The presence of an employee or department dedicated to equity and inclusion also sends a signal that the district is making a commitment, says Harris, co-founder of the BOND Project (Building Our Network of Diversity), an initiative of Montgomery County Public Schools that aims to recruit, develop, empower, and retain male educators of color.
Including in a district’s strategic plan an initiative to increase diversity and equity—with stated goals to measure progress against—demonstrates a serious commitment, both to prospective job candidates and the current workforce. “A public document positions us to make progress,” said Tim Wagner, the principal of Upper St. Clair High School in Upper St. Clair, Penn.
Partner with external organizations that promote diversity and equity.
Not every school district has the resources internally to develop meaningful strides toward a more equitable workplace for all teachers and students. In these instances, it can help to obtain external support. That’s what the Upper St. Clair High School, along with the five other schools in their Upper St. Clair school district, did.
They aligned themselves with the Anti-Defamation League (ADL), participating in its No Place for Hate program. The program provided a pathway for the school district to establish norms around how to address the topics of equity and inclusion, explains Wagner. He says it also helped establish a framework for strategic and active involvement that extended to the student body—from a panel discussion led by a rabbi to small-group, peer-facilitated student programming around the teaching of Black history.
Encourage and support initiatives led by current teachers of color.
Peer networks specifically for teachers of color can combat feelings of isolation. Before Desmond Mackall became active in the BOND Project, the assistant principal of Glen Haven Elementary School in Montgomery County strongly considered finding a job elsewhere. Now he is thriving in that same district, where male teachers of color actively support one another through this formal initiative.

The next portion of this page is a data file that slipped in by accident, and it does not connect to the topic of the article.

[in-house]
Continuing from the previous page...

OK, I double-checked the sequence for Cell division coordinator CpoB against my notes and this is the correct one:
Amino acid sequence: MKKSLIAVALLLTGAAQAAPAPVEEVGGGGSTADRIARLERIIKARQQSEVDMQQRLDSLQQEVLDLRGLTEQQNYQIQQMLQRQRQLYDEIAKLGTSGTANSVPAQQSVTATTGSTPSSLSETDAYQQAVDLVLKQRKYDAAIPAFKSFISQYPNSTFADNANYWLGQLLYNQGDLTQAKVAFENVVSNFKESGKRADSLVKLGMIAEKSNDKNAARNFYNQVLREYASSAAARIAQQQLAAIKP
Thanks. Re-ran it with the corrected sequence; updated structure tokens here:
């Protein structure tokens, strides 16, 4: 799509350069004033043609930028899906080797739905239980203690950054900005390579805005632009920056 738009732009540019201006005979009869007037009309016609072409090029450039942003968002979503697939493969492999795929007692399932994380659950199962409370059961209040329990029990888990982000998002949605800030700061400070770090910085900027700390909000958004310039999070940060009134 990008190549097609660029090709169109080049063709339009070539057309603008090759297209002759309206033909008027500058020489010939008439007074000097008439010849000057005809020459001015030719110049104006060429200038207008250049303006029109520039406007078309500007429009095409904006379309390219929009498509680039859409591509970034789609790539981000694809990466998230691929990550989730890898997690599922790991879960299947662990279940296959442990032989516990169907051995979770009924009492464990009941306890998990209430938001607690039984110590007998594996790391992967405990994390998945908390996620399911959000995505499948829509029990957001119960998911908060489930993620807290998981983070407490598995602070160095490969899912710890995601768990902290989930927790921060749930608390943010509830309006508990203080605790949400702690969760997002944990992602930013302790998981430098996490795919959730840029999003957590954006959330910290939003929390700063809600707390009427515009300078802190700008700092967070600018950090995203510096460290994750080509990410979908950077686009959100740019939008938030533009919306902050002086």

Mackall credits the initiative’s success in large part to the fact that it’s run by the employees it targets; not by administrators. “A lot of times, when initiatives are started with good intentions for specific groups, we don’t always create the space for the voices for whom the group is formed,” he said.
Demonstrate equitable practices in the treatment of students.
How a school’s administration treats its students can provide a window into its stance on equity, explains Little Rock Central High School teacher MacAdoo. She points to discipline policies as one area where inequities can easily be spotted. For example, banning a style of dress popular only among a particular group of students, such as do-rags, can throw up a red flag. “Black males are pretty much the only group of students who wear them,” MacAdoo said.
As this example indicates, job candidates seeking an equitable workplace are likely to notice a school leadership’s personal biases, even when the administrators themselves may not.